How to Politely Say Something is Horrible

You have started working on your latest editing project and are less than impressed with the quality. You have a few options here. It is very possible that you don’t have a choice about whether or not to edit this. Maybe it was handed to you by the publishing house and they asked you to get it up to snuff. Or, maybe you are a freelancer and this came from a private client. You have more freedom to decide to give it back to her to keep working on it or you can slog through and help her figure out the issues. Whether you want to keep the project or you think it is best to return it, you need to communicate to the author that there is a lot of work that needs to be done. You want to do this without hurting her feelings or crushing her dreams. What is an editor to do?BLT_sandwich_on_toast

The sandwich method!

Does this mean you take the author out for sandwiches and then tell her the book was awful? No. Please don’t do that.

So, what is the sandwich method you ask?

It’s simple. Sandwich the bad news in between the good news.

Start with something you liked about the piece. Or something she does well. Build up her confidence and let her know where she is strongest.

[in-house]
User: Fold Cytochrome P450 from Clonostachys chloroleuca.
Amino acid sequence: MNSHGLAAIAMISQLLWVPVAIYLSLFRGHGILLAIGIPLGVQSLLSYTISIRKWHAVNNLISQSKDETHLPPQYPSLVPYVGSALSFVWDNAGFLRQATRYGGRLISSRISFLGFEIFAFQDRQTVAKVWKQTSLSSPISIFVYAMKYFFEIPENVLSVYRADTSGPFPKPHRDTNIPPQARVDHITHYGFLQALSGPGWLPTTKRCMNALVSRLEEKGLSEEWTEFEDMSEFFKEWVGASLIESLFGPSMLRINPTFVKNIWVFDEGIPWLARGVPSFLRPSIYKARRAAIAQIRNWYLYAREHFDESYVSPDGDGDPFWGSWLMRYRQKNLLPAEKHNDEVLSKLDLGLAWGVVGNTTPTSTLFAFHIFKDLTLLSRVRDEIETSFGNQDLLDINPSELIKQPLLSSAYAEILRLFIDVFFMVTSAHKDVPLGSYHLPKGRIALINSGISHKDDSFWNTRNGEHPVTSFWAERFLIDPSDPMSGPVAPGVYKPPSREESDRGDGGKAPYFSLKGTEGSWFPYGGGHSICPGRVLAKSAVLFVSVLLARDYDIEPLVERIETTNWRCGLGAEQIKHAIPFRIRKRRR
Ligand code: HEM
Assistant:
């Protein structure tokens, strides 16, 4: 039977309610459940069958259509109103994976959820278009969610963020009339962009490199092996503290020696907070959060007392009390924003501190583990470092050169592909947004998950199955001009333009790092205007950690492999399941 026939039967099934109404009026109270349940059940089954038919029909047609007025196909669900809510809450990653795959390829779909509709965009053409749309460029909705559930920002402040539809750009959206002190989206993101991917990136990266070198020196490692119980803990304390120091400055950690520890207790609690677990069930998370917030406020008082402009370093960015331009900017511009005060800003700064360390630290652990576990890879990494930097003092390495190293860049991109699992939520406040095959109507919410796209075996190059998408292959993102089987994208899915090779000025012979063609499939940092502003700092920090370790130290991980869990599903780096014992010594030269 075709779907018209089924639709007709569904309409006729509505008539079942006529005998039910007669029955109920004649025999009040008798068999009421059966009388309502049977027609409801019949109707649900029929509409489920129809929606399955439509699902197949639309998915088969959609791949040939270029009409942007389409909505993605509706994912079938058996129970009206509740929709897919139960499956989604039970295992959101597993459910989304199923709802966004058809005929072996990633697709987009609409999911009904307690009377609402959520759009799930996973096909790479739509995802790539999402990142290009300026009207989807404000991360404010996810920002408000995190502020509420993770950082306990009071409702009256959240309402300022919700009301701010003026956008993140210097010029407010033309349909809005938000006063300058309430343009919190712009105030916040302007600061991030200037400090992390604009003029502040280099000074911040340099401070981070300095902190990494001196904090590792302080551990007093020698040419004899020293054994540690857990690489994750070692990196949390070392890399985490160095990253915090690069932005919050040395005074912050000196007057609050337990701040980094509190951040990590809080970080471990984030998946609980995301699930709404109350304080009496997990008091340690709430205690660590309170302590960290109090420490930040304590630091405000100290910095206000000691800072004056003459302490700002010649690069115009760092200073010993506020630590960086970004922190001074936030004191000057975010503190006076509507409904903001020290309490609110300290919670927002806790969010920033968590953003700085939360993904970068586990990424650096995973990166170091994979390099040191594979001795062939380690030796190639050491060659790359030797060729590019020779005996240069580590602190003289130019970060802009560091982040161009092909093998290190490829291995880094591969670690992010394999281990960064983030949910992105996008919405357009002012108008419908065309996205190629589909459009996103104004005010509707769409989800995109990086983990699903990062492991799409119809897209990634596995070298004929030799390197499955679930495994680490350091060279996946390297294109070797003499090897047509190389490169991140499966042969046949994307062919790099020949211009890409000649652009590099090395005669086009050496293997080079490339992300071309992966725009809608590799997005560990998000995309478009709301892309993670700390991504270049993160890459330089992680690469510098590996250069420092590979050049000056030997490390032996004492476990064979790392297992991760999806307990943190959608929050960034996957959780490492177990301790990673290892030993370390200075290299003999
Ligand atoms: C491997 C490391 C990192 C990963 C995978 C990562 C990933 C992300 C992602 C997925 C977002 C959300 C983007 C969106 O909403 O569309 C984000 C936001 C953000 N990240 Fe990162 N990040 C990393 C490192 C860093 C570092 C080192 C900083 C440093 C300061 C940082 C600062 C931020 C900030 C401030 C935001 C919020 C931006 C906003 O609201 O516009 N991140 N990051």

Next, tell her what could be improved. Remember that she has handed over her baby to you and you should speak accordingly. Let her know that there are things that need to be changed, but tell her gently. The goal here is to tell her what is wrong with her manuscript in a kind way.

Finally, end on a positive note. Tell her another aspect you really liked in the story. Share what your favorite part was. Give her a boost before she embarks on the next draft.

Remember, as an editor, your job is to help the author make her story the best it can be. You need to make sure what you say isn’t going to break her spirit. Even if there is loads of hanging-onwork that needs to be done on a project, give her something positive to hang on to. She will appreciate your help much more if she feels you are a friend helping her out instead of a stuffy grammarian who is a little rough around the edges. When you are unsure if what you are going to say is too harsh, think about how you would feel if someone said it to you.

This can also be a great method to use even if the manuscript is in good shape and just needs some cleaning up to make is stellar. All writers deserve to hear your positive thoughts about their work along with your critiques.

Have you had a time you needed to break the news gently to an author? How did you handle it?

Has an editor broken hard news to you in a good or bad way?

Share your experiences in the comments!


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